Monday, October 15, 2012

Using Feedly as your personal home page

In his post about Top tips for more effective advocacy Duncan Green recently wrote about the importance of setting up a personal home page as a way to keep on top of recent news and resources - before diving into your mailbox. He also pointed to the excellent guide by Owen Barder on how to set up your personal home page with Google Reader or similar services.

Most of the reasons and the advantages to use personal readers have been well described in these posts and there's no point for me to repeat them here.

What I'd like to share with you here is how personalised home pages are helping me to do my work, and what's the tool I'm using to manage my streams of incoming contents.

Not as common as it should be
But before going down into the details, one small reflection based on direct experience and observation from the social media trainings we conduct at Euforic Services: it really strikes me to see how many people still do not know or do not use personal home pages as preferred channel to 'read' the web.

This is true across the board and regardless of the background of people we train. In a workshop on social media for researchers we facilitated last June, only 1 out of more than 20 participants had set up his Google Reader, without actually using it. Similarly, in the social media workshops we're conducting these days at FAO, we are finding that well over 90% of participants do not know or do not use personalised home pages. That's a lot, isn't it?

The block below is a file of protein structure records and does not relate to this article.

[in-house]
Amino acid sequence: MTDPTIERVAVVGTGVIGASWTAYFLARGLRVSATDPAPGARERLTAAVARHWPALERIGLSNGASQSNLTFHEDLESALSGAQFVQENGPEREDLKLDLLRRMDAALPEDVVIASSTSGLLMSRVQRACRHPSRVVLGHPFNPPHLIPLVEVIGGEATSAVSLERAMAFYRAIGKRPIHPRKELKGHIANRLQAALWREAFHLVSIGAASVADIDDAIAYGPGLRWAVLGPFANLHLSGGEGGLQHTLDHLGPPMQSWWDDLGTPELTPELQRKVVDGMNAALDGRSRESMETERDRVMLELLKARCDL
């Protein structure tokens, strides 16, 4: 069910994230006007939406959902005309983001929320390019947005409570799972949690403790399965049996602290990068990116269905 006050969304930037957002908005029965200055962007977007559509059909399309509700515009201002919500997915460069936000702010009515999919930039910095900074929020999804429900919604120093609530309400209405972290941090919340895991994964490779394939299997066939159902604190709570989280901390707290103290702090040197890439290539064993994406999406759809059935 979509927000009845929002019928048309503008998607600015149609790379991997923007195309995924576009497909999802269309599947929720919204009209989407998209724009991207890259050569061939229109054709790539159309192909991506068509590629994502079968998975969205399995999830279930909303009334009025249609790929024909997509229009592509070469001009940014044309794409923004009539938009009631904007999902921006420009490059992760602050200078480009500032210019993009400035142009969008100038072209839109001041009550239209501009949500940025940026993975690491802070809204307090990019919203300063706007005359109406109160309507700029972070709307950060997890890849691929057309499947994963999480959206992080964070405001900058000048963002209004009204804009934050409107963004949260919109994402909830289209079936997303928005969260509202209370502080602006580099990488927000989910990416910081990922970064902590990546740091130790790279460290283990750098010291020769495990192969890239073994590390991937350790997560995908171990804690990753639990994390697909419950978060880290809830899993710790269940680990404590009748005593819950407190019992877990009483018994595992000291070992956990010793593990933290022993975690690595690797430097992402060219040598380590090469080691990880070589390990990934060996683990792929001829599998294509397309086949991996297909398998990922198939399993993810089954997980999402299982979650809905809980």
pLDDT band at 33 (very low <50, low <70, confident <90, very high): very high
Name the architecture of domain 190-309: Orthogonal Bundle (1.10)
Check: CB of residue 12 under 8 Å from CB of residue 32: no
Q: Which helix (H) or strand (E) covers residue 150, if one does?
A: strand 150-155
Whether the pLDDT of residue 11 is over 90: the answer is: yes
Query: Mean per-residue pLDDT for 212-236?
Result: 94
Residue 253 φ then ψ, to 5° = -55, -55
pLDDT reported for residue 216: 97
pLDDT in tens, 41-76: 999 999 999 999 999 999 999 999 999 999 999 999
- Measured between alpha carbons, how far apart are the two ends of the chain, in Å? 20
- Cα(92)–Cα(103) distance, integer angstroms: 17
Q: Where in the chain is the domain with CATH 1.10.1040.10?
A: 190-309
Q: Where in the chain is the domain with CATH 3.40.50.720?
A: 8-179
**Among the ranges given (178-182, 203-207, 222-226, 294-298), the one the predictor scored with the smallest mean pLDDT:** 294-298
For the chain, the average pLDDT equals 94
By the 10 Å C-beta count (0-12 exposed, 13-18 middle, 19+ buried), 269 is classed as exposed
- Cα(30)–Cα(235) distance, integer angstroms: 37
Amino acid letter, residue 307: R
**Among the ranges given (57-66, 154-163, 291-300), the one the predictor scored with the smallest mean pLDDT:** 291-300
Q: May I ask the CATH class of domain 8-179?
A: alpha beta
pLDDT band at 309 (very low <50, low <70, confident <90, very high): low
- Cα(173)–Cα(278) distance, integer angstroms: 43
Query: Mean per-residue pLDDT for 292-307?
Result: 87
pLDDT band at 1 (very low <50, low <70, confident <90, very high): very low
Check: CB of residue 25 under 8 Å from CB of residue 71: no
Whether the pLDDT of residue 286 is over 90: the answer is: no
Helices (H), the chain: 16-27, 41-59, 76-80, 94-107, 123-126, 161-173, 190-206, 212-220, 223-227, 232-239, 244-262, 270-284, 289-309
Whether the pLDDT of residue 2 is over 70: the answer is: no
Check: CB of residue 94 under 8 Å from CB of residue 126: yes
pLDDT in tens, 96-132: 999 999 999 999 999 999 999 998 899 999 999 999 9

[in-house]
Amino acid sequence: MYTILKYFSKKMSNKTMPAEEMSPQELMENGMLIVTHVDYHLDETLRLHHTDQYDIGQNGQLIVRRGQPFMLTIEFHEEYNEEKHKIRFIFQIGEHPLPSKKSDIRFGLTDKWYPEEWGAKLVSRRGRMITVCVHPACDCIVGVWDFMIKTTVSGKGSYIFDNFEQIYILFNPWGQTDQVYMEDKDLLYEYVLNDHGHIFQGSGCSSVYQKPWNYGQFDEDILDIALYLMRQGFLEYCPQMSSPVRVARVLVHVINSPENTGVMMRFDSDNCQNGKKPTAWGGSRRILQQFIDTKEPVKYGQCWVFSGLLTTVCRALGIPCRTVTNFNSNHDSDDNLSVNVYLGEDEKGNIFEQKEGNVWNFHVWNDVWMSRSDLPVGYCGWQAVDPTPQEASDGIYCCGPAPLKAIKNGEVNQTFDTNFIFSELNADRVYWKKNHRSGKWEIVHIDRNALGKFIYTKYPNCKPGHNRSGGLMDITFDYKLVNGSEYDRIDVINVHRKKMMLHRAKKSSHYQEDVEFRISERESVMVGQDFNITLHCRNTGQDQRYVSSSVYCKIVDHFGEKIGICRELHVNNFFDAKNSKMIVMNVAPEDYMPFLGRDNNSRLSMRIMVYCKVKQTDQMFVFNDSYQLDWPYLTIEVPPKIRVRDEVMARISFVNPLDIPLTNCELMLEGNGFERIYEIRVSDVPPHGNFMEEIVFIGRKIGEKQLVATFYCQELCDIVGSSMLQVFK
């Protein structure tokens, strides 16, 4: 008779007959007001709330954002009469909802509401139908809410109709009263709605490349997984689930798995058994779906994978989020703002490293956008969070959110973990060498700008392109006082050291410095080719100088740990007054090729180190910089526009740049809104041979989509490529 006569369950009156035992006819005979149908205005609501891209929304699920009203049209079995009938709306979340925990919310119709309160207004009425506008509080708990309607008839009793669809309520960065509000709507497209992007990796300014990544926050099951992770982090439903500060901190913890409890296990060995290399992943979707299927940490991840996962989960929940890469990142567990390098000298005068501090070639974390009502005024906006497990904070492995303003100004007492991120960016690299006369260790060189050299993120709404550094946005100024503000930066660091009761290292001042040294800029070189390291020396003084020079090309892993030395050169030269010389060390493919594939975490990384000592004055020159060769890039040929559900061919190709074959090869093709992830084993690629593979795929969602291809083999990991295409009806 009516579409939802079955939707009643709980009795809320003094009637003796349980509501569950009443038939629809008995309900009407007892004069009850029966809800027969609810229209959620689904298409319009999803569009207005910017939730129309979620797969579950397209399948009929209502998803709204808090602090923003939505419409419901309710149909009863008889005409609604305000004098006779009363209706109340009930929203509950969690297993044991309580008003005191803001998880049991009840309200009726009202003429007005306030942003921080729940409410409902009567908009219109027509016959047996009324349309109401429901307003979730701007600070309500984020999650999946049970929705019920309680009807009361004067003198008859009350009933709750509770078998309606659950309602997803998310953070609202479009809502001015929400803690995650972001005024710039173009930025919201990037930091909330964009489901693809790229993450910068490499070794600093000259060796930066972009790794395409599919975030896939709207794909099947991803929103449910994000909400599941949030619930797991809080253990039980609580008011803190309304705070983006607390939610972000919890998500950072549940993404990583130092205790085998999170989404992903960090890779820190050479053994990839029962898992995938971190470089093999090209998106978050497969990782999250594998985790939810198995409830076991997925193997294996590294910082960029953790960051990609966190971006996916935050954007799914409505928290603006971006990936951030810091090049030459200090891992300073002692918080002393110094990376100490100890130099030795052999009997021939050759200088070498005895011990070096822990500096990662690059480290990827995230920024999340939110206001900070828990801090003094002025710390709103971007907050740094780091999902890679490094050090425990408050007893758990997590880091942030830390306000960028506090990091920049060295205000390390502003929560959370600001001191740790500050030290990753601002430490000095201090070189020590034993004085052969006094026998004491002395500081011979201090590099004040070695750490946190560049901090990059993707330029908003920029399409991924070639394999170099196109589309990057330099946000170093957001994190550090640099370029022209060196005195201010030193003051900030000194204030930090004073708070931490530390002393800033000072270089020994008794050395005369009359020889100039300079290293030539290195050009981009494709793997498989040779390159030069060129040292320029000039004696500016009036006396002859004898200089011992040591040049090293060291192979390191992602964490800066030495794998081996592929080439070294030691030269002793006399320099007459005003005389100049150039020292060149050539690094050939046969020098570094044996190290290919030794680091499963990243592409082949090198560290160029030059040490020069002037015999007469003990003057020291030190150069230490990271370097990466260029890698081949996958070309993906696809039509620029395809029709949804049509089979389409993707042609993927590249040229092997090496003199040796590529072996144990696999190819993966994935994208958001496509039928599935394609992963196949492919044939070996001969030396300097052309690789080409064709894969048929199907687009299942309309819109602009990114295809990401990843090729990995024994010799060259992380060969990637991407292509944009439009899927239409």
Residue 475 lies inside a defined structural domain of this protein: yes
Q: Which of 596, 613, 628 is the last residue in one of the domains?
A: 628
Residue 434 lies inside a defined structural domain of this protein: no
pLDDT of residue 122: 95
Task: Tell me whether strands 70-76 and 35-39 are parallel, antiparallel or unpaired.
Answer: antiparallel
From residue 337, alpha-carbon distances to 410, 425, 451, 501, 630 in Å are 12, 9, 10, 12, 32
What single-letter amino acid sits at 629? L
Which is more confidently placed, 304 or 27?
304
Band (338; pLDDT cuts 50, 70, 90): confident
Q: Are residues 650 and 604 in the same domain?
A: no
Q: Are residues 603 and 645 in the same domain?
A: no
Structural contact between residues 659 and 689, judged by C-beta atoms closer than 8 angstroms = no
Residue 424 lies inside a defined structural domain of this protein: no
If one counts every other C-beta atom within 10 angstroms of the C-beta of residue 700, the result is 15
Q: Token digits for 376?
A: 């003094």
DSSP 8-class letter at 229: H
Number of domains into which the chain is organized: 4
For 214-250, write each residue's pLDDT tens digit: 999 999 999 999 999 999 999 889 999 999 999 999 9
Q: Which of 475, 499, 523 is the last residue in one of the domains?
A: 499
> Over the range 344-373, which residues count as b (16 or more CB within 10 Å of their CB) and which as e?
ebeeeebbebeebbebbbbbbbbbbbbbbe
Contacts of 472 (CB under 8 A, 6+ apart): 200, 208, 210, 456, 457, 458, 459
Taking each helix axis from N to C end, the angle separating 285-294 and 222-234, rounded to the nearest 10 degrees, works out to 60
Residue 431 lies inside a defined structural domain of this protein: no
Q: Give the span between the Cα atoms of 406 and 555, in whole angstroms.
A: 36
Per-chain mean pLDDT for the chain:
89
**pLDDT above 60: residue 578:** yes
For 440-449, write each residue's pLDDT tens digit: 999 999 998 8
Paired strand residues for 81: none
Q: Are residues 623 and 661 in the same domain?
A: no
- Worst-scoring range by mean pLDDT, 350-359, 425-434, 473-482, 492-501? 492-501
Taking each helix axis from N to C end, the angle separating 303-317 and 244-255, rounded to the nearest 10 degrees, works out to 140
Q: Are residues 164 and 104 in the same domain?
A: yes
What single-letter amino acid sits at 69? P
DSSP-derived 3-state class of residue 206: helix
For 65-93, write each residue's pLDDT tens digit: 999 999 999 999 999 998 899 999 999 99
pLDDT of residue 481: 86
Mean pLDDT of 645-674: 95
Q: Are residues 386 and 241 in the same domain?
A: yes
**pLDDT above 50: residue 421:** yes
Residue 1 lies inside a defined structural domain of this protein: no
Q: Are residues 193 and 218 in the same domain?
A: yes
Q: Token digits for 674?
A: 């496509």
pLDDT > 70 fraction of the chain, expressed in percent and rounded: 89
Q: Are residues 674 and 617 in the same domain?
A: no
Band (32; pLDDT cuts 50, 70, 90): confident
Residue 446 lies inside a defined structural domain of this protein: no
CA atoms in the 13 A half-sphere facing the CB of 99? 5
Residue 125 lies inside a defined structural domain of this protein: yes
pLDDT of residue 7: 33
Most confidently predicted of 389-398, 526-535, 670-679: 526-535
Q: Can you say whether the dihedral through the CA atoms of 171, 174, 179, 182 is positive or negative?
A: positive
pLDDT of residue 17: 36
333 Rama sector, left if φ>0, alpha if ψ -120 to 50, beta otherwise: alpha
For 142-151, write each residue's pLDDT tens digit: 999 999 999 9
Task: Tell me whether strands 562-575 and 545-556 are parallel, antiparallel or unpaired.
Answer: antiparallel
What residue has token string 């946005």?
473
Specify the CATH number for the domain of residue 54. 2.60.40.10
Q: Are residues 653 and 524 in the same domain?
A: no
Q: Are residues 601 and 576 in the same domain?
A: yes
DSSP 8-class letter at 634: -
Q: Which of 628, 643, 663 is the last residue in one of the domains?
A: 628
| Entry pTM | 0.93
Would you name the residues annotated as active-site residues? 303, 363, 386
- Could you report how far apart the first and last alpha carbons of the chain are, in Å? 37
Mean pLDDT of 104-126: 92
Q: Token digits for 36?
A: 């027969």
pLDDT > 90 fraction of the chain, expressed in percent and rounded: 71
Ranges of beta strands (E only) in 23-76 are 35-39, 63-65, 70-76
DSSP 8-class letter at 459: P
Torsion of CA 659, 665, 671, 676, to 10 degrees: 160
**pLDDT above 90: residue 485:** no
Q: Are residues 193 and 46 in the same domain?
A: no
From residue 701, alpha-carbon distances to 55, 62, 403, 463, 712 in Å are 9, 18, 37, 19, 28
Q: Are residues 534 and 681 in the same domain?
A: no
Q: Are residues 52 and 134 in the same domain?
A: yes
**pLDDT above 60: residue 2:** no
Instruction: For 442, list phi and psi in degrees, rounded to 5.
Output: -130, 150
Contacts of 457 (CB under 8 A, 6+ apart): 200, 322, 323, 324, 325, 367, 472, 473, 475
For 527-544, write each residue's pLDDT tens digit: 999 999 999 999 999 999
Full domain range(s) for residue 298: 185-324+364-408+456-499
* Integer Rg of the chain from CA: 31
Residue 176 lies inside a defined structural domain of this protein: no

What's in it for me
For me, my personal home page is the only way I could possibly keep track of about 215 (and counting...) sites and blogs - without spending all my day browsing around the net! The personal home page is the first thing I check in the morning, and then several other time during the day, to look for updates about relevant topics for my work (social and digital media, knowledge sharing and learning, ICTs in developing countries, etc), news from my country and the beyond, comments and analysis and...well..field hockey..

From my personal home page, I can manage different streams of incoming content, browsing my different sources and save items to read later, bookmark them in my Diigo and Delicious lists, share them through Twitter, Facebook and other social media channels. All in the same interface and with just few clicks.

Trying different tools..and sticking now with Feedly
After having tried different feed readers, for more than one year now my personal home page is set up using Feedly - and am really lovin'it!

The way I use Feedly is actually in combination with Google Reader. Indeed, Feedly provides two way synch with Google Reader so no matter if I add new subscriptions to one of the two, these get replicated onto the other. Same goes for items I read or save for later. Basically Feedly adds a much nicer interface of top of your Google Reader and allows you to browse your feeds more in a magazine style than in the dry, flat layout of Google Reader.

Besides RSS feeds, Feedly allows you also to import Twitter and Facebook content, and to tweet and share content to other social media media channels. Further, it promotes content according to 'social engagement', pushing on your front page the most popular items from your sources.

Oh, did I say that the Feedly mobile and tablet apps also look great? Maybe they are even better that the web interface for some aspects.

If you haven't tried it yet, I suggest you give Feedly a chance. Maybe using feed readers to read the social web will be a different, much nicer experience as it has been for me.